Controversial opinion here:
What if I supported bloggers getting free stuff?
Ignore your visceral feelings of disgust for one moment while I explain.
How many times have you come across an item that matches your style so fully, that it's difficult to imagine it wasn't actually created in your honor?
Now, answer me this (those of you without a sizable inheritance or personal clothing line exempted) : How many times have you then discovered that said item falls far enough out of your price range so as to be laughable?
50 trillion gajillion.
50 trillion gajilliion times have I looked upon an item with lust so tangible, I might as well be oozing with desperation.
Unfortunately, for say maybe, 49 trillion gajillion of these embarrassing displays of materialism,
I've had to walk away empty-handed.
Committed to finding the closest acceptable interpretation of this perfect piece,
I manically scour fast-fashion sites, typically to no avail.
Every once in a while, though, I'll fall upon a variation similar enough to satisfy a small part of my lust without being obnoxiously knock-offy. Afterall, Zara does offer some superior takes on designer trends.
But I'm sure you know as well as I do, that there will always be a remnant of regret for the original - The authentic version that incited the mad dash for mimicry - that so accurately represented my inner self in sartorial form.
Which brings me to my dilemma;
If NOT having an item is what ultimately betrays my true sense of style, then wouldn't receiving it for free be more honest? Wouldn't embodying my real aesthetic be more truthful than coming "as close as I could get"?
If style really is about an individual's innate attraction to certain pieces, I'd think that owning and displaying those pieces (and not their close-but-no-cigar imitators) would be ideal.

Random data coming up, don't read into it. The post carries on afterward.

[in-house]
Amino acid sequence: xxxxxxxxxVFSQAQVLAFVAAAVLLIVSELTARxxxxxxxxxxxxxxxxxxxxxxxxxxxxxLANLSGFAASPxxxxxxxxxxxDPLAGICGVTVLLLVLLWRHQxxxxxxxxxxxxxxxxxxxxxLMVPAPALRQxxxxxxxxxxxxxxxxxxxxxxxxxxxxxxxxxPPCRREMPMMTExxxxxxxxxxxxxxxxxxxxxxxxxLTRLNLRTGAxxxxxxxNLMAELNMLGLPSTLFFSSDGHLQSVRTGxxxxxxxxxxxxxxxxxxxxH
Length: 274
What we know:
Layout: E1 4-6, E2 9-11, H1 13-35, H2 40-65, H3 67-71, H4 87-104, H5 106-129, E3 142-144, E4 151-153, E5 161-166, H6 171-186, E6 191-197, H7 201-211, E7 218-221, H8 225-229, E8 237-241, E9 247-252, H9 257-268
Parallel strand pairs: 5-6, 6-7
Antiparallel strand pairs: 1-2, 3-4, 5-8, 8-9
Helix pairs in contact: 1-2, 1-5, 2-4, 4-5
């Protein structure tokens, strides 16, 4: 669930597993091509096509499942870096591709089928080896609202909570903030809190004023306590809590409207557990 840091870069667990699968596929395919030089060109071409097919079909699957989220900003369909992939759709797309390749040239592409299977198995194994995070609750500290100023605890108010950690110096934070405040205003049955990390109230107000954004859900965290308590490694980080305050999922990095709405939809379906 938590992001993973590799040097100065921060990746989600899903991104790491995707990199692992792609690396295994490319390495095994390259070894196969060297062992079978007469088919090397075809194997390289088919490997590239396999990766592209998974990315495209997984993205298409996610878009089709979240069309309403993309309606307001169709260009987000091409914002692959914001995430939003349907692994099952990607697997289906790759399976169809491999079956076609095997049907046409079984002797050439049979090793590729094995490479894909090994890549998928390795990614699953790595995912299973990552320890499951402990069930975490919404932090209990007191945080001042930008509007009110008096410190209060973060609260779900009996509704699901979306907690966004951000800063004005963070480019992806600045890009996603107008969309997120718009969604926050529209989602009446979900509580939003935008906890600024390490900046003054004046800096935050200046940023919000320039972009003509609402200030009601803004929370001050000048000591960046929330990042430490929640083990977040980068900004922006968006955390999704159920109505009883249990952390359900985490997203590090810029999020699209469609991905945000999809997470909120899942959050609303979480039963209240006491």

So how do we (well, not me. Too much free stuff is not my problem) find the line between accepting free things that bring us closer to our desired style, and then just accepting something because it's free?
A new pair of shoes can fix anything - but should they? If we wouldn't have selected them in the first place, it's probably not a good idea to struggle with incorporating them into our wardrobe simply for the sake of placating the "gifter".
Even it could provide an awesome chance to channel some Tim Gunn-esque make-it-workage.
|shoes: Tildon, skirt: Anthropologie, shirt: Gap, watch: La Mer, ring: Paris market|
What do you think? Is it up to brands to push bloggers out of their comfort zones? And if so, how can we really have respect for an individual's true personal style?
PS: Pictures meant to illustrate that these shoes are not Alexander Wang. Why I felt compelled to also include photos of my face is probably an issue for another post.
PS2: How gorgeous are my feet??
I'm so, so sorry.
photos by sheeds.
photos by sheeds.